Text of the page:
LOL

  9. Steve (different one) says:

    When I read this 2 days ago, there was a bit about how the Yanks may have pulled the offer because Boras turned around and asked them to match the $153M/7 they gave Ellsbury.

  10. Jorge Steinbrenner says:

    Which is 21 hours more than they gave me. Dicks.

    Wouldn’t have wanted 2/3 of my outfield on seven-year deals.

  11. Havok9120 says:

    It doesn’t mean they aren’t serious. It means that hung roughly the same value on Beltran at 3/45 and Choo at 7/140. They’d have been happy with either, but they only wanted one.

    This is not an issue unless you consider that valuation critically flawed. That would be a debate worth having. Otherwise…eh.

  12. Steve (different one) says:

    If Choo accepts, do they get Tanaka?

    • Mr. Roth says:

      I think so. I think they were all in on Tanaka regardless of what happened with any of the other free agents.

  13. CS Yankee says:

    That was about 22 hours too much.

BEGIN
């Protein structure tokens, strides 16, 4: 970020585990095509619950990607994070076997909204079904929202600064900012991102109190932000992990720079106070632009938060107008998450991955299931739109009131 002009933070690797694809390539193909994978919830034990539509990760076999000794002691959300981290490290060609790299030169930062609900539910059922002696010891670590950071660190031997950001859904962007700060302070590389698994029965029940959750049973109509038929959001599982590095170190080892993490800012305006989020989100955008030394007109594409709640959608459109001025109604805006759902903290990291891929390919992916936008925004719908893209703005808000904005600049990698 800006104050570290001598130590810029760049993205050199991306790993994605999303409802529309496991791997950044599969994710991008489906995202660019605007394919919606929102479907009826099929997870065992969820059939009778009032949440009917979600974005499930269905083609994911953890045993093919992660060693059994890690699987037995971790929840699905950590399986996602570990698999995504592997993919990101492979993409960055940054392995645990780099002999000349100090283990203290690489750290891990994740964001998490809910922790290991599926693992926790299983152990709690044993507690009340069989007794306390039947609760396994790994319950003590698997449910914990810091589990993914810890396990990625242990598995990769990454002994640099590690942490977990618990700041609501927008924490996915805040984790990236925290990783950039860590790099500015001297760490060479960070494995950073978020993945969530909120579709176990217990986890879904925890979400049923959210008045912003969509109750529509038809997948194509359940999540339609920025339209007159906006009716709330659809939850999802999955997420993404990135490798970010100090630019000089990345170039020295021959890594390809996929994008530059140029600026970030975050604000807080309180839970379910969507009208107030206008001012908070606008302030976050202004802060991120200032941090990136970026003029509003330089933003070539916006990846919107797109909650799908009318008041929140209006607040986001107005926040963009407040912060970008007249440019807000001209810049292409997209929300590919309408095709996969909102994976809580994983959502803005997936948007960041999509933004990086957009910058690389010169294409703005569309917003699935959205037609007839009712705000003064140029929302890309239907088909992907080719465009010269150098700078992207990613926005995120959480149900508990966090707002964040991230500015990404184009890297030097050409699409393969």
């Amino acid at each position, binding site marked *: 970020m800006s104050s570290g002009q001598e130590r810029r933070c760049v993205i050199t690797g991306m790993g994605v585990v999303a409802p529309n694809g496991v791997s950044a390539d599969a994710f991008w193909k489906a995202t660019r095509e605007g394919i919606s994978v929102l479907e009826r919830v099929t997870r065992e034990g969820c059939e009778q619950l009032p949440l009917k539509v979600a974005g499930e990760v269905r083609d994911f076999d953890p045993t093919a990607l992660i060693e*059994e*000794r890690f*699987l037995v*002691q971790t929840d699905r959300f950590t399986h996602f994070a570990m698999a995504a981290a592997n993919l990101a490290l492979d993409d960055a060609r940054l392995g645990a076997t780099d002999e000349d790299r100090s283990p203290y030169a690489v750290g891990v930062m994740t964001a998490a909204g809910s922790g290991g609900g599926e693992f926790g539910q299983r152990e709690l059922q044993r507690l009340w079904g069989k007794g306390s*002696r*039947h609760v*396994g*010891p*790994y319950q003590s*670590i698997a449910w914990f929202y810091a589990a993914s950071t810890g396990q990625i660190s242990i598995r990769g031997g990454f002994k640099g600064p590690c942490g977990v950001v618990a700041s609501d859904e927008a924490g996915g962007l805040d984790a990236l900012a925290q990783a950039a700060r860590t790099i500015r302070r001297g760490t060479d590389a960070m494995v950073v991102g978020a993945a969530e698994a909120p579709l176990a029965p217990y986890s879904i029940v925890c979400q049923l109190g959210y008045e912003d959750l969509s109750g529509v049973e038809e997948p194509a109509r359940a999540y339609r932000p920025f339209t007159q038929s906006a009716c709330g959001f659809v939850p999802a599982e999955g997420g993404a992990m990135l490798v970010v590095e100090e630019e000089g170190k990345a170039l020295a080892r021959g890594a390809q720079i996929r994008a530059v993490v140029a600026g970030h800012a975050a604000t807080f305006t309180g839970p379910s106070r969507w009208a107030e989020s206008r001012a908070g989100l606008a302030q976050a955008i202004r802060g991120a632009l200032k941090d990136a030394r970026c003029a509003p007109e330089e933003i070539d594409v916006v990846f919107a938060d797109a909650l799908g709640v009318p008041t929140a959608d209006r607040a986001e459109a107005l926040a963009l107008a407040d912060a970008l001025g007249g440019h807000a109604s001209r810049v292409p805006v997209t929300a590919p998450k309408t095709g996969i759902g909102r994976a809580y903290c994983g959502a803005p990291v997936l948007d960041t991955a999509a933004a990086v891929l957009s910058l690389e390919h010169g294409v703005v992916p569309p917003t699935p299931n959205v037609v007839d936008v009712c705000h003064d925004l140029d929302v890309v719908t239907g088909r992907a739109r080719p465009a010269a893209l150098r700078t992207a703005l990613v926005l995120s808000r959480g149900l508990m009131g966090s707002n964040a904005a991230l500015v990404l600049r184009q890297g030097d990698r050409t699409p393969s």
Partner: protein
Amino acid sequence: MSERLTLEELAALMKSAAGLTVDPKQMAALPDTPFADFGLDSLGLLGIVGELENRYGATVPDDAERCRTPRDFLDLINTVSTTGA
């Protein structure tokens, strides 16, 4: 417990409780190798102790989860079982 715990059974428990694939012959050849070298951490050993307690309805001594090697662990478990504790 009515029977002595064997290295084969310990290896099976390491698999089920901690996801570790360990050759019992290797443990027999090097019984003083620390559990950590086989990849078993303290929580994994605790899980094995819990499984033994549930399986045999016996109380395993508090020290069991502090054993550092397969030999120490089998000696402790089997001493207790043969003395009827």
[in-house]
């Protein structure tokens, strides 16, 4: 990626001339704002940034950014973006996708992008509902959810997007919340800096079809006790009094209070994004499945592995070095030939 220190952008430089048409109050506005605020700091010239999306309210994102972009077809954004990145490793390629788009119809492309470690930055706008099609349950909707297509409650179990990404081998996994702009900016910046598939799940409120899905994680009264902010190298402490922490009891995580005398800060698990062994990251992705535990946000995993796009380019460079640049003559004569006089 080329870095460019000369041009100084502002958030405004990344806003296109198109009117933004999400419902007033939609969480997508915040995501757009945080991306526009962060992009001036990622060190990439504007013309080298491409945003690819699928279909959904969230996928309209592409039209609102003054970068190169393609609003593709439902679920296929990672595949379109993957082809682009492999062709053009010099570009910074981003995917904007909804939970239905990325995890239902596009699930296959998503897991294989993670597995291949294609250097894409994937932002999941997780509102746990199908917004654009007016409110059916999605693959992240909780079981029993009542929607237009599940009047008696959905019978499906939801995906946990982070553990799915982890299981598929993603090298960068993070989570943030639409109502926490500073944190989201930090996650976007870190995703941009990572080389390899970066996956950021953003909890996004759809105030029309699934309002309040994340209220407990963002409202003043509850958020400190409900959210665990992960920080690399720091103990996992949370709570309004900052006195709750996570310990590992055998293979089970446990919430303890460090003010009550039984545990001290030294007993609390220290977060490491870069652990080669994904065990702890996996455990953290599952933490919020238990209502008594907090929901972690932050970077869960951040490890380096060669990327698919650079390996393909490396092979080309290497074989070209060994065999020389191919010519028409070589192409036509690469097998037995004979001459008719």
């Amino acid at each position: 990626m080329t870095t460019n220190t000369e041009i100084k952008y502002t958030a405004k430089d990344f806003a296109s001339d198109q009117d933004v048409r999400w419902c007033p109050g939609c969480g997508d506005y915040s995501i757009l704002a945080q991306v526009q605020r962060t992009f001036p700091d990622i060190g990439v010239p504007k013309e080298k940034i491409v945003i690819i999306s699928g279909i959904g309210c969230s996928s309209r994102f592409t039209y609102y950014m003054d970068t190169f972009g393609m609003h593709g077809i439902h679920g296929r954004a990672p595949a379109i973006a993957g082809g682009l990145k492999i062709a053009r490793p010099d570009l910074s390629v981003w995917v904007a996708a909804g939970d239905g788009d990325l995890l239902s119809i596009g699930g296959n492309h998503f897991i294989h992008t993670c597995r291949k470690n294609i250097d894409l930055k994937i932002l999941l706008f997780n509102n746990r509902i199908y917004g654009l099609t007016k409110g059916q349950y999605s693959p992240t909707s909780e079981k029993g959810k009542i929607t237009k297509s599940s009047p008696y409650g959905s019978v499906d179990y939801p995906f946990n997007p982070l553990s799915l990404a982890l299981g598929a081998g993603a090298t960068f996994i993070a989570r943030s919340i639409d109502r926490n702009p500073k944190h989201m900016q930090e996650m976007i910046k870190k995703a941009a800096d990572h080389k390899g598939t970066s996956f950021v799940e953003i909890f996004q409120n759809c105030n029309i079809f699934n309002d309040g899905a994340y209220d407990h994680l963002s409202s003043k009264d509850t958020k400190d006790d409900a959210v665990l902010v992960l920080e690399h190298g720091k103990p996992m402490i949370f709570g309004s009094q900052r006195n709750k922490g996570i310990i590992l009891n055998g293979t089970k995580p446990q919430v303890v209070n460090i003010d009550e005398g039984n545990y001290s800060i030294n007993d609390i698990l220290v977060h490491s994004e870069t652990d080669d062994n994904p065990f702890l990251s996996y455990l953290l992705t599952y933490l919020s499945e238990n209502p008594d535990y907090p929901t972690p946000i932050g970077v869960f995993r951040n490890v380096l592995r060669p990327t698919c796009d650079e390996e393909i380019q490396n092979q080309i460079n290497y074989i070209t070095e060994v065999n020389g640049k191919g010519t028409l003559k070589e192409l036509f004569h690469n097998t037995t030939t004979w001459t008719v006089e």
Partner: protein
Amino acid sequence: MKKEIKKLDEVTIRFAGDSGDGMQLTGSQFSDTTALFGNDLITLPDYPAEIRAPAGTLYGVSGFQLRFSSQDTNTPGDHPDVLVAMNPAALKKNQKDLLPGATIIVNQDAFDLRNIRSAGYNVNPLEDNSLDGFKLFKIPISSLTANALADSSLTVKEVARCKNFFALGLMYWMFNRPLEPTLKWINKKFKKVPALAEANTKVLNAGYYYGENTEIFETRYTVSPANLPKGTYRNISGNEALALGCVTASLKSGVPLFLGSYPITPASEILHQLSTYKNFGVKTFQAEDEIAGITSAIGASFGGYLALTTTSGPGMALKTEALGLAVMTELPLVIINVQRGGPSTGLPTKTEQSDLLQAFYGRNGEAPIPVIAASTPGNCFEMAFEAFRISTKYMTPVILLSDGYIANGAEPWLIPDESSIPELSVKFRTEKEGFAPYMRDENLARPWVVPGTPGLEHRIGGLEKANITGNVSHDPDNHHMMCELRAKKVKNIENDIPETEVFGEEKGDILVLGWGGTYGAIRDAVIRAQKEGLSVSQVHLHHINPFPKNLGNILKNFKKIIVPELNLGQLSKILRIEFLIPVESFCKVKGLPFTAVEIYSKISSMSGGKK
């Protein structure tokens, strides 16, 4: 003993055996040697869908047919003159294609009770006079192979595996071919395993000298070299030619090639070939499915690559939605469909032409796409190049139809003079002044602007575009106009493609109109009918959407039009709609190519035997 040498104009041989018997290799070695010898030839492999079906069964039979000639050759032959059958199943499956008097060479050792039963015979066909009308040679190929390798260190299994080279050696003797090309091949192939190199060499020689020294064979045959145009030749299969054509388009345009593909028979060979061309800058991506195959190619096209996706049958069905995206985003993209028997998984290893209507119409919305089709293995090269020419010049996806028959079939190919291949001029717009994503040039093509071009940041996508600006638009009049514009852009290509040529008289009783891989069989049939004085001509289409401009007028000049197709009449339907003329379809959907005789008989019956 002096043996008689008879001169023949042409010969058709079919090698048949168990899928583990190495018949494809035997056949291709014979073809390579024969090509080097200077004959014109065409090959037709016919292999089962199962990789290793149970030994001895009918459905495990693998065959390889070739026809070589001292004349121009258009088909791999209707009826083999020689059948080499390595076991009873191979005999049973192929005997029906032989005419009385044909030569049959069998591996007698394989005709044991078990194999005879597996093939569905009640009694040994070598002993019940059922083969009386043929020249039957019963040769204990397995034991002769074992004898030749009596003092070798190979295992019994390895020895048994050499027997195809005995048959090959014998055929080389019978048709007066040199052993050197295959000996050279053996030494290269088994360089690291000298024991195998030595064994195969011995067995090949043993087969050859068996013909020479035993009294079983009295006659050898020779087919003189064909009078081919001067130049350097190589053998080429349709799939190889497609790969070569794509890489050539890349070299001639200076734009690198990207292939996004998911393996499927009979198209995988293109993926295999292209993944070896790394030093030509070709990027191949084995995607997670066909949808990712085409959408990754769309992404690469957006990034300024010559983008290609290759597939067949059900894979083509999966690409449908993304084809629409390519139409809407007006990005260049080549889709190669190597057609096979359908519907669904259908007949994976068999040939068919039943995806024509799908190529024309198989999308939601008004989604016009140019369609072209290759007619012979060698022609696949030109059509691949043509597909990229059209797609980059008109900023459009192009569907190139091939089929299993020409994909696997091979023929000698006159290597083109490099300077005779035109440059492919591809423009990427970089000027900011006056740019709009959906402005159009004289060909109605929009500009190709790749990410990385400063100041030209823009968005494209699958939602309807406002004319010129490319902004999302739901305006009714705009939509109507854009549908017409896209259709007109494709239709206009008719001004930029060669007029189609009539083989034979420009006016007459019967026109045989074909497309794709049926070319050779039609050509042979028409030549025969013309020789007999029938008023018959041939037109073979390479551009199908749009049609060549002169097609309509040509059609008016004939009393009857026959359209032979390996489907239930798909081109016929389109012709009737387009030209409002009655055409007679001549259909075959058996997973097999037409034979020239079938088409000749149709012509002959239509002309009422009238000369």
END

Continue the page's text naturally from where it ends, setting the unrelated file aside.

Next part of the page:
14. bpdelia says:

    I can see how people think this is odd but I actually think it’s a good strategy.

    For years the problem has been the Yankees make a huge fair offer the agent then shops this and extracts more rinse repeat.

    This could be their new methodology. “We negotiate in good faith. We are confident our offer will always be in the ballpark. We aren’t going to be used and negotiate against ourselves/mystery teams anymore. We will make our best offer and if it isn’t taken we will move on to other players”

    Hypothetically you’d only need to stick to this for a few off seasons before word got around that they are no longer suckers/bottomless pits who will constantly change the economics of the game.